- 2nd February, 2020
Why You Should Care About Phosphates In Your Body
By Neesha Desai, Pharmacist (GPhC 2071387)
How familiar are you with the mineral phosphorus? As one of the less mentioned nutrients that is vital for healthy bodies, many aren’t aware of the role of phosphates in helping with the ‘release energy from our food’ and creation of strong bones and teeth.
Getting enough phosphorus is, for most people, easy enough to do with ‘a varied and balanced diet.’ However, there are a number of conditions and diseases that can result or be exacerbated by an imbalance in the amount of phosphorus in the body.
Here, we look at how the right levels of phosphates are maintained and which diseases have an effect on those levels (and vice versa).
Note: When we talk about phosphorus in the body, scientific studies will, more often than not, refer to the chemical phosphate, which contains phosphorus.
Too Much Phosphorus In More Likely Than A Deficiency
A phosphate deficiency is uncommon. Unlike with some nutrients, like vitamin D where a lack is much discussed, with phosphorus there is much more concern around too much in the body than not enough.
Medications That Lower Phosphate Levels
However, there are some medications which can lower phosphorus levels in the body, such as:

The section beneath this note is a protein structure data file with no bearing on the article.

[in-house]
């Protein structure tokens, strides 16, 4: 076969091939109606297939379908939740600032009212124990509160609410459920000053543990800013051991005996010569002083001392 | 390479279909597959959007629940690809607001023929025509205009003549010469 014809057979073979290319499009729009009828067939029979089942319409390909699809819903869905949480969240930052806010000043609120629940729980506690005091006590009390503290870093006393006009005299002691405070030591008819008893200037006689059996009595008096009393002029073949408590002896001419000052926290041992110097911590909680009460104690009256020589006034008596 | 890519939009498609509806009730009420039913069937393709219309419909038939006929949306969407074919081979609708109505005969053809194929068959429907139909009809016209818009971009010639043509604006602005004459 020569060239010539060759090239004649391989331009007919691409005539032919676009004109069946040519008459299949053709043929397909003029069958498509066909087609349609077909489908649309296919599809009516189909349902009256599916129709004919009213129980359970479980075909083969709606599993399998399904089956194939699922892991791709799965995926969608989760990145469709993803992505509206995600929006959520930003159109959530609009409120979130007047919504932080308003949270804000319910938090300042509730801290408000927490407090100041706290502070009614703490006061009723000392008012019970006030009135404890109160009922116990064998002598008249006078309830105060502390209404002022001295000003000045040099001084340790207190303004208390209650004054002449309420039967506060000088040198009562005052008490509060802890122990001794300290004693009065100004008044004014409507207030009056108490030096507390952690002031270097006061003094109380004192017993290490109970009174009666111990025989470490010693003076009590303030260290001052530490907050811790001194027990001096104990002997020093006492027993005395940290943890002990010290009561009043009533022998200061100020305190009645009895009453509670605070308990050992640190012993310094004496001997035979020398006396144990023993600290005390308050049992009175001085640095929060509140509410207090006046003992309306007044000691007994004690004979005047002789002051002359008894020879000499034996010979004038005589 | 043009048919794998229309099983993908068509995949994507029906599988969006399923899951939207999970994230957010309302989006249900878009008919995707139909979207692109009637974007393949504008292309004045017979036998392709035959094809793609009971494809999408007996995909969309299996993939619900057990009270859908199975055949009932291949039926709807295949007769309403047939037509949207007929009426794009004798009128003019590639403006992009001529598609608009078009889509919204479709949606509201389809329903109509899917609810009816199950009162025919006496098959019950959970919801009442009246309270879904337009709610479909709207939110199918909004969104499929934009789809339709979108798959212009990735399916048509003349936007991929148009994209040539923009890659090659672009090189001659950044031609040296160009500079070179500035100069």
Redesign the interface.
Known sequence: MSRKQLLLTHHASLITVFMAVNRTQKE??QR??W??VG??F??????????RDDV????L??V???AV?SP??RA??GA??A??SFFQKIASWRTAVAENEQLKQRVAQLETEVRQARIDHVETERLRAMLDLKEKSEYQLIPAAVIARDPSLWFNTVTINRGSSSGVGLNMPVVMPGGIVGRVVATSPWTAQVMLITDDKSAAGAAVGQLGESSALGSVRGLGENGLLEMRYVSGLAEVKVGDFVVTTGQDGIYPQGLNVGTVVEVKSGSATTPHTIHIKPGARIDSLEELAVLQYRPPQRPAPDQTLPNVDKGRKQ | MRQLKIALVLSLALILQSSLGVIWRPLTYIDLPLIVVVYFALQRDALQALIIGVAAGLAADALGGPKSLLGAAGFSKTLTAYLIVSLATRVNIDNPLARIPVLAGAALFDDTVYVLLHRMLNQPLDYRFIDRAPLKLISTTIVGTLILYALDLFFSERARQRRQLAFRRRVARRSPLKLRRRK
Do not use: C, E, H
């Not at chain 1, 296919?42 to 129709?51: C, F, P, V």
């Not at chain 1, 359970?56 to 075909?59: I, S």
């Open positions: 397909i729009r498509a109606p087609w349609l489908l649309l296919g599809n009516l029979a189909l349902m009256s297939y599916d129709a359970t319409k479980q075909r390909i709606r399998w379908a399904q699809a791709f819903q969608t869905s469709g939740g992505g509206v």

- ACE inhibitors – commonly used to treat heart failure or high blood pressure
- Antacids – used to neutralise excess stomach acid and relieve heartburn
- Anticonvulsants – an anti-seizure medication used for various conditions
- Corticosteroids – an anti-inflammatory medication used for various conditions
- Insulin – used with pancreatic conditions, such as diabetes
What Causes Too Much Phosphorus In The Body?
Without these medications, you are more likely to have too much phosphorus in your body than too little. So, how do you end up with an abundance of this mineral? There are a couple of ways you can end up with too much phosphorus:
- As a result of a disease or other condition
- As a result of consuming too much phosphorus and not enough calcium – which is needed for the body to process the phosphorus.
With a balanced diet, you are unlikely to consume too much phosphorus. However, you should be careful when supplementing. Making sure that you are getting the right amounts to meet recommended doses of whichever vitamins and minerals you are supplementing with is very important. We always recommend speaking to a nutritionist or GP before taking regular supplements.
So, on the basis that high levels of phosphates are more likely, what are the consequences and in which diseases does it occur?
Hyperphosphatemia is the medical term for too many phosphates in the body. It is a condition that: ‘occurs because of insufficient filtering of phosphate from the blood by poorly functioning kidneys. This means that a certain amount of the phosphate does not leave the body in the urine, instead remaining in the blood at abnormally elevated levels.’
Although hyperphosphatemia can occur on it’s own, it is more likely a comorbidity (secondary condition) resulting from a disease, such as Chronic Kidney Disease or Cardiovascular Disease.